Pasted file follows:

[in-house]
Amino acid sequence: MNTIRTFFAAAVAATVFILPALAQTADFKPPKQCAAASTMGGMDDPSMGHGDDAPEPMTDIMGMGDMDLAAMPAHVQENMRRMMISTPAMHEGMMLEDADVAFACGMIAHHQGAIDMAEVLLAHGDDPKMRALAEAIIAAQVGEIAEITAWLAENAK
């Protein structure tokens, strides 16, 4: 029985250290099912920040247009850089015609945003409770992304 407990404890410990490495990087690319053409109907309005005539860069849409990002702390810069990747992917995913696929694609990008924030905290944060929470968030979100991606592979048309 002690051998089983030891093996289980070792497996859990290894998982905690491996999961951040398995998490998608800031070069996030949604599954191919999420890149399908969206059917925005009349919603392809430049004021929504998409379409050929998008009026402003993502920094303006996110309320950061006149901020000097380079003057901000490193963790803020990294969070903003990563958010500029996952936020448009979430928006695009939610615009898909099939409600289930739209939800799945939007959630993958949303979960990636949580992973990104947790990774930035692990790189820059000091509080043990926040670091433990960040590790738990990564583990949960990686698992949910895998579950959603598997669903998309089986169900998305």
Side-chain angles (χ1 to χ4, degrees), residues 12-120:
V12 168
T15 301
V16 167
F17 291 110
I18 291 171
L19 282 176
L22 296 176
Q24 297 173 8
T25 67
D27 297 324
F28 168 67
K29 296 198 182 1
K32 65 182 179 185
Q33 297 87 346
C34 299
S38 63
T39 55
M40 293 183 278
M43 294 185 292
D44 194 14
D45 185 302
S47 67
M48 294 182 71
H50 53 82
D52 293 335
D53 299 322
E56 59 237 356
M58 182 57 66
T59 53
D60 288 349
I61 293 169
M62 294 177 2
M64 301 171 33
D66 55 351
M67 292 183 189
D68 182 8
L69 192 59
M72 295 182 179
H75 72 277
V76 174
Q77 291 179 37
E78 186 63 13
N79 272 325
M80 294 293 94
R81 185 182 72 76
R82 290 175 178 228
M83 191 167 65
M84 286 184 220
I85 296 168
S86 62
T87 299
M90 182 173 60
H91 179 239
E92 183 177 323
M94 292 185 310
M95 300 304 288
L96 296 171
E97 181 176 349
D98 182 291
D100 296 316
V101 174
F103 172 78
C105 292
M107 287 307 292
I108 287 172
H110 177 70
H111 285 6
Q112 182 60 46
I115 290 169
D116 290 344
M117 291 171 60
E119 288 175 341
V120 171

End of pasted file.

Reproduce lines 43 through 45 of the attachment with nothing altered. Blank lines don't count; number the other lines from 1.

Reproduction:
H75 72 277
V76 174
Q77 291 179 37